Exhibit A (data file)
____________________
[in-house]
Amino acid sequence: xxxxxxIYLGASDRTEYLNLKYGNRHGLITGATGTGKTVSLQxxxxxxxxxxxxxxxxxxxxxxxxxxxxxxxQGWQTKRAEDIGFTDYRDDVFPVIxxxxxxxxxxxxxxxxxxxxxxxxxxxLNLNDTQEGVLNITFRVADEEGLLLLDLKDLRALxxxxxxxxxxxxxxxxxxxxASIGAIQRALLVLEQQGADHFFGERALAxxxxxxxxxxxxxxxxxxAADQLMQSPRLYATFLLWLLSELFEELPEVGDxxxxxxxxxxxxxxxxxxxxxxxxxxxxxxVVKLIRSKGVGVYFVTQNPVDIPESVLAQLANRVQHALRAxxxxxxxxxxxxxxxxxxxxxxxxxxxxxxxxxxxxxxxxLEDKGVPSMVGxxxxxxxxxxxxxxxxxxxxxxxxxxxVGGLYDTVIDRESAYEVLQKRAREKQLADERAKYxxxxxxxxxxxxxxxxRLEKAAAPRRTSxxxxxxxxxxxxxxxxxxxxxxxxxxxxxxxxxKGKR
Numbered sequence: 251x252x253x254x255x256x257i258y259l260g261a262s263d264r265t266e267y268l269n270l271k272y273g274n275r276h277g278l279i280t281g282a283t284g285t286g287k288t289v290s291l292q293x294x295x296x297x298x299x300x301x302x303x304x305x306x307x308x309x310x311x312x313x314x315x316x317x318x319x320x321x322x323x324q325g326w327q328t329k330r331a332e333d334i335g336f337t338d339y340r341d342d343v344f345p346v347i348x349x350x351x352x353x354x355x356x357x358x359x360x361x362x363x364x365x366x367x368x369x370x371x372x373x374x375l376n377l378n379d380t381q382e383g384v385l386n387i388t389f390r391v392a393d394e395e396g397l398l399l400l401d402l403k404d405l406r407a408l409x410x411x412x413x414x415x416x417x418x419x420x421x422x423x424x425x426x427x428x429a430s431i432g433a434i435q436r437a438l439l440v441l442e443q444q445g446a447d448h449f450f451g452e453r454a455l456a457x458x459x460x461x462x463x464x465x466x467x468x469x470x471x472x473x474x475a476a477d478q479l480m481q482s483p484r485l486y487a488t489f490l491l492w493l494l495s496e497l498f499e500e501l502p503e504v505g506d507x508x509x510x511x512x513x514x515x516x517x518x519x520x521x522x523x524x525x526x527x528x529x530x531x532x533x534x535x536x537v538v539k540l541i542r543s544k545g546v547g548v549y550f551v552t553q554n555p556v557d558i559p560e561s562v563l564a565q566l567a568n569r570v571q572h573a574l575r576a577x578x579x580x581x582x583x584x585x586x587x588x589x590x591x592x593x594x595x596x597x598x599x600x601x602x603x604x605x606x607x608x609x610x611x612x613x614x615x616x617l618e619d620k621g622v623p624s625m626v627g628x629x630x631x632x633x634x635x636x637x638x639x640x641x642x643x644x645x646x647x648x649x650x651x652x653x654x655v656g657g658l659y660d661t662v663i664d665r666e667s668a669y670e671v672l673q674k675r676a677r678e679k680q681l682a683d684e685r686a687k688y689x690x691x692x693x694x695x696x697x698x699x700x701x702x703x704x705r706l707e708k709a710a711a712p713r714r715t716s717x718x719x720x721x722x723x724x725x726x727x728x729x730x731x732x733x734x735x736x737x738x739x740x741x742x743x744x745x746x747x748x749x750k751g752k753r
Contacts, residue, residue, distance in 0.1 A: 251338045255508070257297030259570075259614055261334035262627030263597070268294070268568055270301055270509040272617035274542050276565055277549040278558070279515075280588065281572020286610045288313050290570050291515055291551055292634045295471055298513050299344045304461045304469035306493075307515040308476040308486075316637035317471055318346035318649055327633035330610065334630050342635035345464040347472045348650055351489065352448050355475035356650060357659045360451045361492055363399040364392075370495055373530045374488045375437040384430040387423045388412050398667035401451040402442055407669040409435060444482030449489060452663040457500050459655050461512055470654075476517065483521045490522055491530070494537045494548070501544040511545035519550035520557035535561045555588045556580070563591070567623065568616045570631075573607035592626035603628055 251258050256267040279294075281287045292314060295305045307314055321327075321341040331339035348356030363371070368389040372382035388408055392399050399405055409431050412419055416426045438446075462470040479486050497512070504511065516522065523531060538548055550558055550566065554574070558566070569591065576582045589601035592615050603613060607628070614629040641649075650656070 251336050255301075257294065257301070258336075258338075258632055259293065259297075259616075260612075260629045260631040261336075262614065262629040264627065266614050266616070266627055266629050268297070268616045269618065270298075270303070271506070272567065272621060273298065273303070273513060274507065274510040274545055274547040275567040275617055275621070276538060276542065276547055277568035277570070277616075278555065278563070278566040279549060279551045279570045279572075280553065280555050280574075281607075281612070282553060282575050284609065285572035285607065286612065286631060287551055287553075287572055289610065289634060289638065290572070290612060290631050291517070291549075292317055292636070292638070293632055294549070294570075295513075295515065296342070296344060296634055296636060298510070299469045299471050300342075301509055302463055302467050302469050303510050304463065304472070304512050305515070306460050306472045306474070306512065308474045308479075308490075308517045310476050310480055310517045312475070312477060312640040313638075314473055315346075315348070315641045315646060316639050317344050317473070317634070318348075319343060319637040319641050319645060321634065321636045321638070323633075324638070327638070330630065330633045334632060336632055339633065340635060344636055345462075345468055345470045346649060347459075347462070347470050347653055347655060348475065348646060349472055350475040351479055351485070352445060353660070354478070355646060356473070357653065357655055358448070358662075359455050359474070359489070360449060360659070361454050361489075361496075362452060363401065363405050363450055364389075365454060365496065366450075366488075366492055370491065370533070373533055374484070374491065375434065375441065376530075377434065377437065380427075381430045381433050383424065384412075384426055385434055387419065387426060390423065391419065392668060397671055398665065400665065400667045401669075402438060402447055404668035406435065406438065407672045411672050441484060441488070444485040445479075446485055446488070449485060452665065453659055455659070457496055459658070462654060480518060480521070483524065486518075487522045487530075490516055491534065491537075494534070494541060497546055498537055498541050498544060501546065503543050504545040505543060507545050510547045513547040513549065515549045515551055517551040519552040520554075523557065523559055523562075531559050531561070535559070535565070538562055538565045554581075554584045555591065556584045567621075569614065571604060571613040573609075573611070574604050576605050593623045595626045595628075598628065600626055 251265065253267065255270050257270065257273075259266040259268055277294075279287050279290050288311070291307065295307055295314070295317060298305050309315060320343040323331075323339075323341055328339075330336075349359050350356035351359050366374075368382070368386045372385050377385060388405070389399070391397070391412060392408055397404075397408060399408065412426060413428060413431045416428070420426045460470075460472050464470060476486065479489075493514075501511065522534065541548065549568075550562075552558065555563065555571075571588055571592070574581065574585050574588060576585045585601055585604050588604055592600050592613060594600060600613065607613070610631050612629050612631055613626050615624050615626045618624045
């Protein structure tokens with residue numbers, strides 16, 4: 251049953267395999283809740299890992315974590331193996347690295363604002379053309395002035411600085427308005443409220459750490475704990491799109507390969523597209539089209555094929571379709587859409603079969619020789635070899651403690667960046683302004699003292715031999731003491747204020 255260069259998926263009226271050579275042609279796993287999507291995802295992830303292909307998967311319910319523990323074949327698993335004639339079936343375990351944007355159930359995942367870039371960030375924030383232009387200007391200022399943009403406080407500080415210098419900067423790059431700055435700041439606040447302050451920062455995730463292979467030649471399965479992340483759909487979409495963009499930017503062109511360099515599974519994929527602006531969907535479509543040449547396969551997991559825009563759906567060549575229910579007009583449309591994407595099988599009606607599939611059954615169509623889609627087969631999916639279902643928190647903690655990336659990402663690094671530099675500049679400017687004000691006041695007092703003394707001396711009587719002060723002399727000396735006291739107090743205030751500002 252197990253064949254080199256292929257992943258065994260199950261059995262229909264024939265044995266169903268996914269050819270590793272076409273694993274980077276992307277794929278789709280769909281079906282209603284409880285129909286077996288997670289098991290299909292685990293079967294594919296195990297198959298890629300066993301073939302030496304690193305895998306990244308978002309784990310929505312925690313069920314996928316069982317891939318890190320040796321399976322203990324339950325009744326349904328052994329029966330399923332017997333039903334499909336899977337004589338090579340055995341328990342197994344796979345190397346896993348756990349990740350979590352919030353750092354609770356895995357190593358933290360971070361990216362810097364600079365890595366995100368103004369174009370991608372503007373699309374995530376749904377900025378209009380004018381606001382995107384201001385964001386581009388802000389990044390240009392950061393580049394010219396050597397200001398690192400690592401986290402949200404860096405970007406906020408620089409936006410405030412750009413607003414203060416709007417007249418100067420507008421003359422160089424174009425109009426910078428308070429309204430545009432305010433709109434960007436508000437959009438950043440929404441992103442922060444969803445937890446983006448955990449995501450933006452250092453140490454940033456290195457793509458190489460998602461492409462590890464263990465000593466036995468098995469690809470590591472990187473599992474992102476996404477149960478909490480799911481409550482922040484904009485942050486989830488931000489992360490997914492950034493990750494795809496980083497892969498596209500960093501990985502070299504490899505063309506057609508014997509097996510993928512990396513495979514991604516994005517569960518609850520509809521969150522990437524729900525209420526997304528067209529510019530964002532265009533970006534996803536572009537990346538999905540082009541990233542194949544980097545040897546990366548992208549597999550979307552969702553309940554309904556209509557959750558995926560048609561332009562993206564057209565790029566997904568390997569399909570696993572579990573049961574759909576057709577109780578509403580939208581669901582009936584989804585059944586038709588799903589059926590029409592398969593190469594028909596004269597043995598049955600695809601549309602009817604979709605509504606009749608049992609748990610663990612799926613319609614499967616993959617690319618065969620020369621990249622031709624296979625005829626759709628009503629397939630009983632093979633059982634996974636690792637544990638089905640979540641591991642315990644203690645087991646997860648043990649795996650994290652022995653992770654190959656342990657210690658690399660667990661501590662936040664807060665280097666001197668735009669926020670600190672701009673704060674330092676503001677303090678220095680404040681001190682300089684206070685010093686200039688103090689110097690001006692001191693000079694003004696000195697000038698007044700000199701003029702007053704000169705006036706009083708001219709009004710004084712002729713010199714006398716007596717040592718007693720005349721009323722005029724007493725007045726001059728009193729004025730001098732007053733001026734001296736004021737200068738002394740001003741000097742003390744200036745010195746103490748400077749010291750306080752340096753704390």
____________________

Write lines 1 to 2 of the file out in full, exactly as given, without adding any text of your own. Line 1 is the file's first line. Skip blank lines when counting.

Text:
[in-house]
Amino acid sequence: xxxxxxIYLGASDRTEYLNLKYGNRHGLITGATGTGKTVSLQxxxxxxxxxxxxxxxxxxxxxxxxxxxxxxxQGWQTKRAEDIGFTDYRDDVFPVIxxxxxxxxxxxxxxxxxxxxxxxxxxxLNLNDTQEGVLNITFRVADEEGLLLLDLKDLRALxxxxxxxxxxxxxxxxxxxxASIGAIQRALLVLEQQGADHFFGERALAxxxxxxxxxxxxxxxxxxAADQLMQSPRLYATFLLWLLSELFEELPEVGDxxxxxxxxxxxxxxxxxxxxxxxxxxxxxxVVKLIRSKGVGVYFVTQNPVDIPESVLAQLANRVQHALRAxxxxxxxxxxxxxxxxxxxxxxxxxxxxxxxxxxxxxxxxLEDKGVPSMVGxxxxxxxxxxxxxxxxxxxxxxxxxxxVGGLYDTVIDRESAYEVLQKRAREKQLADERAKYxxxxxxxxxxxxxxxxRLEKAAAPRRTSxxxxxxxxxxxxxxxxxxxxxxxxxxxxxxxxxKGKR